Take, for instance, the trails upon which I walk, the power lines that stretch to the unending horizon, beautiful latticework of poles and wires, all pulsing with electricity, to power every bit of our lives. Take the bridges that span the South River, the one they just finished on Lower Alexander Lake, the wood and steel, all to bring natural beauty to the people of Rockdale County. Imagine the sweat and toil and splinters that went into those structures.  I said something similar when I talked about the Gazebo that Keith Asher made at the South Rockdale Comm. Park for his Eagle Scout project.  That's manual labor, and it's the highest accomplishment for a Boy Scout.  Not beating the latest Call Of Duty game, but making something from the resources of this Earth into something beautiful.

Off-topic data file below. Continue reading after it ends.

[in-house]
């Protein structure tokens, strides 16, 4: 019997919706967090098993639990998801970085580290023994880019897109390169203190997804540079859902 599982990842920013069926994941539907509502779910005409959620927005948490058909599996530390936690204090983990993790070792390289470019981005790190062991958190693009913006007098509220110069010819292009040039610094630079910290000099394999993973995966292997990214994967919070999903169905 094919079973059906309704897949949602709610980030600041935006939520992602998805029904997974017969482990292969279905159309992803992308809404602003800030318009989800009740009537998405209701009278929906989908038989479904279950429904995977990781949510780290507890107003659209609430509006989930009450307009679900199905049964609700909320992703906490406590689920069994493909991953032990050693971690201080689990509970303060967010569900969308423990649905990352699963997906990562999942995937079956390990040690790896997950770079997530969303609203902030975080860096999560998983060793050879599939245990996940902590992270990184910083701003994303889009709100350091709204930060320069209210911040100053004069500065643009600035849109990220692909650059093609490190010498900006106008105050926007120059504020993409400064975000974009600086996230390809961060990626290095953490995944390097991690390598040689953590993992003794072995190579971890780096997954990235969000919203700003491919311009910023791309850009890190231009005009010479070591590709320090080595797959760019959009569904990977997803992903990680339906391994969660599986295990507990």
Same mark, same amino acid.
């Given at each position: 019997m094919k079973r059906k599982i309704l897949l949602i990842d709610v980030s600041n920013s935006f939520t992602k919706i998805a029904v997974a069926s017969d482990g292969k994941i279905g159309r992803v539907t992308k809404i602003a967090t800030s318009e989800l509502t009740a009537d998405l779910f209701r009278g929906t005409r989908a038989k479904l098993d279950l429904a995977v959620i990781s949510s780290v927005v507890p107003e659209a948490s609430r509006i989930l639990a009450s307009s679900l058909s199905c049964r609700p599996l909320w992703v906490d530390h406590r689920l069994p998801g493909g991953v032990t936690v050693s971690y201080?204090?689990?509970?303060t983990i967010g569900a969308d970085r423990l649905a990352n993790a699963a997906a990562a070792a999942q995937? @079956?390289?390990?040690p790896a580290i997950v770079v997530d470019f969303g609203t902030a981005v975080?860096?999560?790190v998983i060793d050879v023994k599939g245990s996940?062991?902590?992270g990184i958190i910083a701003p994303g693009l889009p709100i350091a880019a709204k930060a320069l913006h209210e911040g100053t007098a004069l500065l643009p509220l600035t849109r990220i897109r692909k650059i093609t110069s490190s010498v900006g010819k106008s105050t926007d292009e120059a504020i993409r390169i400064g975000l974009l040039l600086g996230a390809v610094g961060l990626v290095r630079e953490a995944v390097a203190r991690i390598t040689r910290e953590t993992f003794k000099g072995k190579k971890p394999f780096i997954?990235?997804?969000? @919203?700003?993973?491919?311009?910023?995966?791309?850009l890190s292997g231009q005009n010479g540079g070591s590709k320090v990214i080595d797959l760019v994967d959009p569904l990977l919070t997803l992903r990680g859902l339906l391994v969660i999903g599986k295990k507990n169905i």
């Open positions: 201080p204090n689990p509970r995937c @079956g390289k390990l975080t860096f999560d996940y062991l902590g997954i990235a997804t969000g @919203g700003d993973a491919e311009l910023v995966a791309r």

I realize I can't do all that... but I have been able to work outside this summer.  I took our ladder and propped it up against the tree in the front yard and used a hand saw to cut off a dead branch.  And then there's walking... purely to walk.  Miles of trail to be covered.  And it's a joy to walk in the summer heat, humid air all around me, sun shining down.  It's actually a good thing to sweat, and to feel the cool breezes coming through the forests.  It such a pleasurable sensation.  It makes me happy. Of course, the physical benefits of walking, the exercise, the Vitamin D production, the regulation of Serotonin and Dopamine levels. One of the best things to do for depression is to exercise, to walk. This makes total sense if you look at studies coming out recently which show that depression has risen dramatically recently.  Aside from all the economic, political, and other bad news, I can't help but think that depression is also caused by people being stuck in their chairs in front of computers and televisions all day.  So what if you don't have a job... don't sleep, don't just sit in front of the computer looking at the useless job searching sites.  Walk around the mall and find one, or, if that's not possible, just walk. Down the street, or if there are parks in the area, walk through the trails.  If you're in the city, and it's too dangerous, take one day a week and drive out to someplace where it's possible to walk safely.  I think even once a week would help so much.  It has for me.  I don't even mind the pain I get the next day in my ankles and feet from walking on them for miles and miles. There's bad pain and good pain.  I'd rather have pain from working than pain from not working.